The young Spanish forward Sandro Ramírez moves to Merseyside this summer and if he is to endear himself to the Everton faithful, he would do well to try his best to emulate the club’s striking legends of the past and and their scoring feats; he has some big boots to fill.
A good way to make a strong first impression on your new adoring fans is make a big splash on your debut, just as Tony Cottee did in 1988 when he fired a hat-trick at Goodison against Newcastle. A good return over your first three months of football with a new club will bring plenty of plaudits: reference here the Welsh striker Roy Vernon who scored nine times in his first dozen games for the Toffees after completing a move from Blackburn Rovers.
Of course a successful debut season works wonders, too; witness the 32 scored by Dixie Dean when he made his Everton bow in the 1925/26 season or the 40 in all competitions that Gary Lineker scored during his solitary season at the club six decades later.
How many league goals constitutes a successful season is open to different interpretations of course, but if Sandro Ramírez can match the 60 that Dixie Dean scored in 1927/28 then no one will complain. Actually, every Everton fan will be rather happy if he can merely match the 30 plus league goals scored by Lineker (1986) and Bob Latchford (1978).
Goals that play a part in a subsequent trophy success are typically well-received, so undoubtedly his new supporters will be quite content if he hits a respectable 20 plus league goals, but as part of a championship-winning season like Roy Vernon in 1964 or Joe Royle in 1970. Perhaps he can earn legendary status by scoring a decisive goal in an FA Cup Final like Alex ‘ Sandy’ Young in 1906 or Graham Sharp in 1984. Or a European Final like Graham Sharp, again, in 1985.
Hat-tricks are a good method of embellishing a reputation at a club and that striking phenomena Dixie Dean notched 37 of them during his Everton years. He never quite managed a double hat-trick like Jack Southworth did in an 1893 League game however.
If his move works out then Sandro Ramírez will set himself some longer term goals to write himself into the Goodison record books. We’ll not hold our breath in anticipation of him passing the 349 league goals of Dixie Dean, the 28 FA Cup goals by the same player or the 19 League Cup goals of Bob Latchford – however exceeding the modest eight-goal haul that makes his predecessor Romelu Lukaku Everton’s record European scorer shouldn’t be the tallest of orders.
If he ever has any hope of becoming Everton’s oldest scorer then he’ll have to hang around the Premier League until 2032 to take that record away from Wally Fielding, the forward who scored a goal against West Bromwich Albion in 1958 while fast closing in on his 39th birthday.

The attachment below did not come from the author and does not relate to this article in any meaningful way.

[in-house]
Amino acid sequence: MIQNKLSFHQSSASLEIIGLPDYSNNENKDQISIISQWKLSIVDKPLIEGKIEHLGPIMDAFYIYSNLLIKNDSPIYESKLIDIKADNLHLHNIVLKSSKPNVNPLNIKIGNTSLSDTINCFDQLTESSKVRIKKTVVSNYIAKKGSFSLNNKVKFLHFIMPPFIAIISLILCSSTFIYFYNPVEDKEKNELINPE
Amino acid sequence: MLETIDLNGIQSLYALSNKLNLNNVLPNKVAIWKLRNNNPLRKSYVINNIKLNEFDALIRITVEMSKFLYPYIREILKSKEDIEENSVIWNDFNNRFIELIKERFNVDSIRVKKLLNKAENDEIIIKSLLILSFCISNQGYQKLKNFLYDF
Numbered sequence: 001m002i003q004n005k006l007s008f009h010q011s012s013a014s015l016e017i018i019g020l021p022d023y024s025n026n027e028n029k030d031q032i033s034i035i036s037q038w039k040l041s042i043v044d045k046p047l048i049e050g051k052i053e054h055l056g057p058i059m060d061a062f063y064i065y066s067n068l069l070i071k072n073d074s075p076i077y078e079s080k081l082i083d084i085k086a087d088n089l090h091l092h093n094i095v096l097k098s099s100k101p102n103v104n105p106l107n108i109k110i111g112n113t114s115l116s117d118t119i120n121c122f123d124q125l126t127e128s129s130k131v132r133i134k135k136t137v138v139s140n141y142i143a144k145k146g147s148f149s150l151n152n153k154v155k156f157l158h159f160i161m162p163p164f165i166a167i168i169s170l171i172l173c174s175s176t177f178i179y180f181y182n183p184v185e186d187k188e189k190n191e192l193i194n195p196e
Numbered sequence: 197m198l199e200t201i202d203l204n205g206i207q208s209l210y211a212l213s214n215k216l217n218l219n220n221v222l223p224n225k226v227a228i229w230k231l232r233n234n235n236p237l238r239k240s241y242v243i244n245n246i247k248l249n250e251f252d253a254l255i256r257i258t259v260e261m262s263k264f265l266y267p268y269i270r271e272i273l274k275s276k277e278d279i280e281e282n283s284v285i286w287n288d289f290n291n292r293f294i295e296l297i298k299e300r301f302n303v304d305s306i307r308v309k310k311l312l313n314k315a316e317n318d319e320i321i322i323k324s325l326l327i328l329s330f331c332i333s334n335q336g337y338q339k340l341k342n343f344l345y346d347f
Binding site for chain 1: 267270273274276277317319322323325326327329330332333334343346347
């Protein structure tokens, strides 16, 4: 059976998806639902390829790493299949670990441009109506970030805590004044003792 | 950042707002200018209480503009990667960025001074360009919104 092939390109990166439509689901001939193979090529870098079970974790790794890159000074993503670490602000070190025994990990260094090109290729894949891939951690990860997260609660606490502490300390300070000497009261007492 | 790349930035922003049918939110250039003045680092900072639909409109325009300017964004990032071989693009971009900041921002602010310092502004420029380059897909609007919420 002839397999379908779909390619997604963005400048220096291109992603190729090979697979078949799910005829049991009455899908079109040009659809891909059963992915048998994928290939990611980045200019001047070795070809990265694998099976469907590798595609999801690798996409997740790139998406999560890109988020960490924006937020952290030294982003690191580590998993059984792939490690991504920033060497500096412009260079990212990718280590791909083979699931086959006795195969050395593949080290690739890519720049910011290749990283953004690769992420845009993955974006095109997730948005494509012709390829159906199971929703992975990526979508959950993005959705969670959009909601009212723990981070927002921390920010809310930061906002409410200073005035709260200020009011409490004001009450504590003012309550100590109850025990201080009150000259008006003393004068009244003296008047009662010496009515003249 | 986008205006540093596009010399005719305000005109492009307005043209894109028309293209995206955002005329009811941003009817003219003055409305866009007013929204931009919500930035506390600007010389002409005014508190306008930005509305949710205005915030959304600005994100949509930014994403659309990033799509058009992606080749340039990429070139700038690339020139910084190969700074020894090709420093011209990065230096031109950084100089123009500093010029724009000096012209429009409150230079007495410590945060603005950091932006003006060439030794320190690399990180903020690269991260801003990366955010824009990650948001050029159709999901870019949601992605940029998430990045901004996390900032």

A more modest target for the young Spaniard might be to earn cult status by scoring a magnificent long-range winner at the home of their Merseyside rivals as Graham Sharp did in 1984, or show the sort of great bravery and battling spirit that Everton fans have always loved in their forwards. Dixie Dean fractured his skull in a motorcycling accident in 1926 and doctors thought his career might be over, yet on his next appearance he scored a goal with his head.
Then there was the wonderful tale of 1950s striker Dave Hickson. During a 1953 FA Cup tie he suffered a huge gash above the eyebrow after bravely putting his head into a penalty box melee. He had the gushing wound stitched, came back out to carry on playing against the odds and medical advice, scored what prove to be the winning goal, then headed against the post which opened the wound again to leave him bathed in crimson by the time the final whistle went.
If Sandro Ramírez can come within a country mile of any of these achievements then he’ll have a worthy career, but just as long as it doesn’t follow a similar trajectory to that of the aforementioned Alex ‘ Sandy’ Young. The Scottish forward scored the winning goal in the 1906 FA Cup Final, was the league’s top scorer the following season and is credited with scoring more league goals for Everton than any player apart from Dean.
His post-Everton career proved tragic however as he battled mental illness, spent time in jail for the manslaughter of his brother in Australia and was buried in an unmarked grave after living out his life in an Edinburgh asylum.